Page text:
The United Kingdom’s constitution, while of ancient origins, remains both
dynamic and vibrant. As every public lawyer is only too aware, nowadays,
the proper boundaries of constitutional and administrative law are both
increasingly wide and subject to debate. In compiling any textbook on this
subject, one of the principal preliminary tasks lies in defining the scope of
material to be included and the approach to be adopted in relation to that
The purpose of this book is to provide a revision aid for the undergraduate
constitutional law student.
The book divides the constitutional and administrative law course
into five sections and covers all the major topics associated with the
subject. In each section the reader is provided with a revision checklist
and guidance on the study of essential issues that figure prominently
Is the rule of law optional for liberal democratic societies? In the wake of
the attacks on the United States on 11 September 2001, the Bush administration
seemed to say that it is. And in the wake of the attacks on London
in July of 2005, Tony Blair has indicated that the rule of law is a luxury,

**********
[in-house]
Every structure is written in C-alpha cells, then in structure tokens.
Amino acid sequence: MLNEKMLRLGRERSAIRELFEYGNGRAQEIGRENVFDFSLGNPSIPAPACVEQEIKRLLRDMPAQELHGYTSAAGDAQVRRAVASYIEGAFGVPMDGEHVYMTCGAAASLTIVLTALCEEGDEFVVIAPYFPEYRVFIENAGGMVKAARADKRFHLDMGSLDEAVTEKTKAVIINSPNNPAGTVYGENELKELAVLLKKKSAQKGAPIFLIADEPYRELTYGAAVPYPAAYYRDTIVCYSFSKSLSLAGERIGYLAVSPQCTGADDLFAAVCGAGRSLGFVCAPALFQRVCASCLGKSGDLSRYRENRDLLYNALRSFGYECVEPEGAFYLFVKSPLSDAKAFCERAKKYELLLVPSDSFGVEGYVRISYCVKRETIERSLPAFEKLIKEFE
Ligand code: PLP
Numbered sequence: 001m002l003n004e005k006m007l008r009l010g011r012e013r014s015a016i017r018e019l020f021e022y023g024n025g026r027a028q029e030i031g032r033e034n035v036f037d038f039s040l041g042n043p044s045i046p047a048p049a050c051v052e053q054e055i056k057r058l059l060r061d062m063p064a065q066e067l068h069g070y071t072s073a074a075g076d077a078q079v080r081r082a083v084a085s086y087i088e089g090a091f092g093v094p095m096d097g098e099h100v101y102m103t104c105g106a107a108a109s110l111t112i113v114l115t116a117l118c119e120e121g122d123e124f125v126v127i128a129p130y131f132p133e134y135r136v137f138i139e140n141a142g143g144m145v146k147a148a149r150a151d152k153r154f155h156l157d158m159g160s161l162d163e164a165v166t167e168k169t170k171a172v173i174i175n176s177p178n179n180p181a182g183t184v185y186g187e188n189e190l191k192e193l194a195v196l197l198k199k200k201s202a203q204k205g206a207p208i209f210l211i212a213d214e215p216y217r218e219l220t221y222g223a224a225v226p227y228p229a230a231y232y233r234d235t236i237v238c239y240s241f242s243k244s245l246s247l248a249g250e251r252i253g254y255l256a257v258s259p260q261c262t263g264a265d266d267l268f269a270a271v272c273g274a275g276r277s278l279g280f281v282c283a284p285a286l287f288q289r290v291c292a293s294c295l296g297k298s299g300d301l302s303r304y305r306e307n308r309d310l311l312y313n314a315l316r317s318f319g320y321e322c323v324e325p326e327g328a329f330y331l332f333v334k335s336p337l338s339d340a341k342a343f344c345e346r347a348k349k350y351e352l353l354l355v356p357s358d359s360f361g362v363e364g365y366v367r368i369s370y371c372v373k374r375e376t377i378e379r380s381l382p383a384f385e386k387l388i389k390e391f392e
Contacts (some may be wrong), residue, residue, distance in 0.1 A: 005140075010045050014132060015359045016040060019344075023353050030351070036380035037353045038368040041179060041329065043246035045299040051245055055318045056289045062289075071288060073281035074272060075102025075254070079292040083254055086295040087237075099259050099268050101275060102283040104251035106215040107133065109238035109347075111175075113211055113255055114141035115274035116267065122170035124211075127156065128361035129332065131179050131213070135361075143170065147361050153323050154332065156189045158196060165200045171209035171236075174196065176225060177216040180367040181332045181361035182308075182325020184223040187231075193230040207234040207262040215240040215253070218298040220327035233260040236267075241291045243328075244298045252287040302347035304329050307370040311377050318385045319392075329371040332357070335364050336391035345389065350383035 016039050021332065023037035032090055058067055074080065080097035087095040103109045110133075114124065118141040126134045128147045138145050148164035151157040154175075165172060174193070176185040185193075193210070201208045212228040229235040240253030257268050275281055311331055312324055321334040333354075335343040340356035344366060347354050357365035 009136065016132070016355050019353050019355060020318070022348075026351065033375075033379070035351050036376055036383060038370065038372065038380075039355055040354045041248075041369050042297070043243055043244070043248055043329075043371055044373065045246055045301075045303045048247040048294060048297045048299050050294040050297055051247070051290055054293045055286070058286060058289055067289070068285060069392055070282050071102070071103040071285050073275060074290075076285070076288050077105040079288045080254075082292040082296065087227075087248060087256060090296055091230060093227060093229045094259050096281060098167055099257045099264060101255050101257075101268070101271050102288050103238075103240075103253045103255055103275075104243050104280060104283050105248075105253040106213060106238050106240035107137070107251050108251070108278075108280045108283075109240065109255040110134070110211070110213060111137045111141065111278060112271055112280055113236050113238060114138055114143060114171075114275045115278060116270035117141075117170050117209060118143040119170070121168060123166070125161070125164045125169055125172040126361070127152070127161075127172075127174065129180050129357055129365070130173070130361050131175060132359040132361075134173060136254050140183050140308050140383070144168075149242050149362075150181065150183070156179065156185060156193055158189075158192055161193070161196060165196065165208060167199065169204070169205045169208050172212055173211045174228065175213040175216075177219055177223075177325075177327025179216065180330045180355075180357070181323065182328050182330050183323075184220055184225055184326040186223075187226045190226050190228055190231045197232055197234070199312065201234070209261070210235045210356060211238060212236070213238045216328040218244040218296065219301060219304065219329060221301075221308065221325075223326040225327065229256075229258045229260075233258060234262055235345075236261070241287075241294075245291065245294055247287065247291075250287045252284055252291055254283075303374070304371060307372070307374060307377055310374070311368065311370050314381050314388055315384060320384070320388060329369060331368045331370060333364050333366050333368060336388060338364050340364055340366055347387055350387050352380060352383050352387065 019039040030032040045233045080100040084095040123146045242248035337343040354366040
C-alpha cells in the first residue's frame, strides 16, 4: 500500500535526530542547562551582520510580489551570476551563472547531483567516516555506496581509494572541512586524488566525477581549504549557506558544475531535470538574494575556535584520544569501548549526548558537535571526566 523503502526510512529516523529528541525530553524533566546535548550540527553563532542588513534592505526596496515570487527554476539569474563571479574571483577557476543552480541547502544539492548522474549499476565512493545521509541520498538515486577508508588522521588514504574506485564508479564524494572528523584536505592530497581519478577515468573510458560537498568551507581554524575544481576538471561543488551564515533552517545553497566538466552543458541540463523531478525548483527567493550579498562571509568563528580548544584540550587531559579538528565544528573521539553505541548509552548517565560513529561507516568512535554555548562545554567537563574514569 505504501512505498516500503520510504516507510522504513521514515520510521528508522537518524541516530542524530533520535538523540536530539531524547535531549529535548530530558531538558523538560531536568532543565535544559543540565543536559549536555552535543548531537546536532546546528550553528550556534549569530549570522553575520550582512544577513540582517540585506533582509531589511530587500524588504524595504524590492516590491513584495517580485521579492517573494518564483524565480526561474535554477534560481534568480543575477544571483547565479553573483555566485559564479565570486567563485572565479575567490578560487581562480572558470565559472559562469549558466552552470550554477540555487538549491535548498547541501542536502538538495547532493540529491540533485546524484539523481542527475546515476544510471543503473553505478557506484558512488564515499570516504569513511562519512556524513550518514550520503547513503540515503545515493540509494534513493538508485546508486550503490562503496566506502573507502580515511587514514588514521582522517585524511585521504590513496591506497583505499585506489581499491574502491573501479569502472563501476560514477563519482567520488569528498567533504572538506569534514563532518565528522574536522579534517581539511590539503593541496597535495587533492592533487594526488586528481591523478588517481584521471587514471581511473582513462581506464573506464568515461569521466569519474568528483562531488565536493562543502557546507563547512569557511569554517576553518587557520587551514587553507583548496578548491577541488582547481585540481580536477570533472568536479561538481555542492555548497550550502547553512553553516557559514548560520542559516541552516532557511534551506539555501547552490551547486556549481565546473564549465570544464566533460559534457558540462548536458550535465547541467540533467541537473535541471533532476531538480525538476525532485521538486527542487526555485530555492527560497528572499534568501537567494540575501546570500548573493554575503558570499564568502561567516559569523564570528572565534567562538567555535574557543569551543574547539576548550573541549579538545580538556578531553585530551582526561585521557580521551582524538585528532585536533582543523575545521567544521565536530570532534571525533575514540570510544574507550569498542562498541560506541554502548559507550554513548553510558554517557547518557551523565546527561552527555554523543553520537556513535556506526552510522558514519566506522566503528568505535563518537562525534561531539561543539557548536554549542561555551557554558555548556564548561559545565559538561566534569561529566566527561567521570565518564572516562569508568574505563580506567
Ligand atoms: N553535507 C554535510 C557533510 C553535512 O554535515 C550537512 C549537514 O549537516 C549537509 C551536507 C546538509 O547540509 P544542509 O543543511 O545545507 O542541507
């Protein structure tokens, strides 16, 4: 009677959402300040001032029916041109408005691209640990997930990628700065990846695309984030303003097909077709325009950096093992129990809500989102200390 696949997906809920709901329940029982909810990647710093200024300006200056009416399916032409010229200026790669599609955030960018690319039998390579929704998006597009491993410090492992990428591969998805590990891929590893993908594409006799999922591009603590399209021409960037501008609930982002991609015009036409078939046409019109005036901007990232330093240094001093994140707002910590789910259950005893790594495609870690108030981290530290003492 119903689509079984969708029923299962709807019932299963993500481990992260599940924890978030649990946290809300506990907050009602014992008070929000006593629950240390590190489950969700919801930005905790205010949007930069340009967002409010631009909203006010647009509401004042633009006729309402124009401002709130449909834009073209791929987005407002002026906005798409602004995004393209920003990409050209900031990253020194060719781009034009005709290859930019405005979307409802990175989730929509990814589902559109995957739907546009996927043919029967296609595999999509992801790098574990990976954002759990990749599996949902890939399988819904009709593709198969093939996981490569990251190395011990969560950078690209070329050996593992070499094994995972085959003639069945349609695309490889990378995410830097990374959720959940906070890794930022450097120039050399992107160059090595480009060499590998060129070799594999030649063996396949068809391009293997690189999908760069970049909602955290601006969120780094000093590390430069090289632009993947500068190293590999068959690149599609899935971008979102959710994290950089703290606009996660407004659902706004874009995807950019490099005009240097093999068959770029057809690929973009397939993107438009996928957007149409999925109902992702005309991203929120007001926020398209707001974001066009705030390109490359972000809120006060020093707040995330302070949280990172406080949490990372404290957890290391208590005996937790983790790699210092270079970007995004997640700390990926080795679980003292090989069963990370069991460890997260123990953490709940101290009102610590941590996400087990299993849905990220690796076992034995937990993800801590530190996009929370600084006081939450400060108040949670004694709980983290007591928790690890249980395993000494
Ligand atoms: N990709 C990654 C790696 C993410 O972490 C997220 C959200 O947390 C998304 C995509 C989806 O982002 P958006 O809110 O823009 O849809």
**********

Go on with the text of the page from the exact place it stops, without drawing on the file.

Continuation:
dispensable when the going gets rough.
The island of Venice has been sinking perceptibly for centuries, but recent news is that
global warming is likely to accelerate the cataclysm that will take the city below a viable
water level in the lagoon. A possible parallel may be drawn with the unwritten British
constitution that some reformers have long been threatening to abandon, but which
continues to be the basis of a rather unusual system of government, one that is often
visited and sometimes admired by constitutional tourists from other countries.
Jean Louis De Lolme’s The Constitution of England, which first appeared
in French in 1771, was a major contribution to eighteenth-century constitutional
theory and enjoyed wide currency in and beyond the eras of the
American and French Revolutions. Its authority and judgment were invoked
in parliamentary debate and in partisan political polemic. John Adams,
the American revolutionary leader, constitutional advocate, and later
president, praised the work as “the best defence of the political balance of
three powers that ever was written.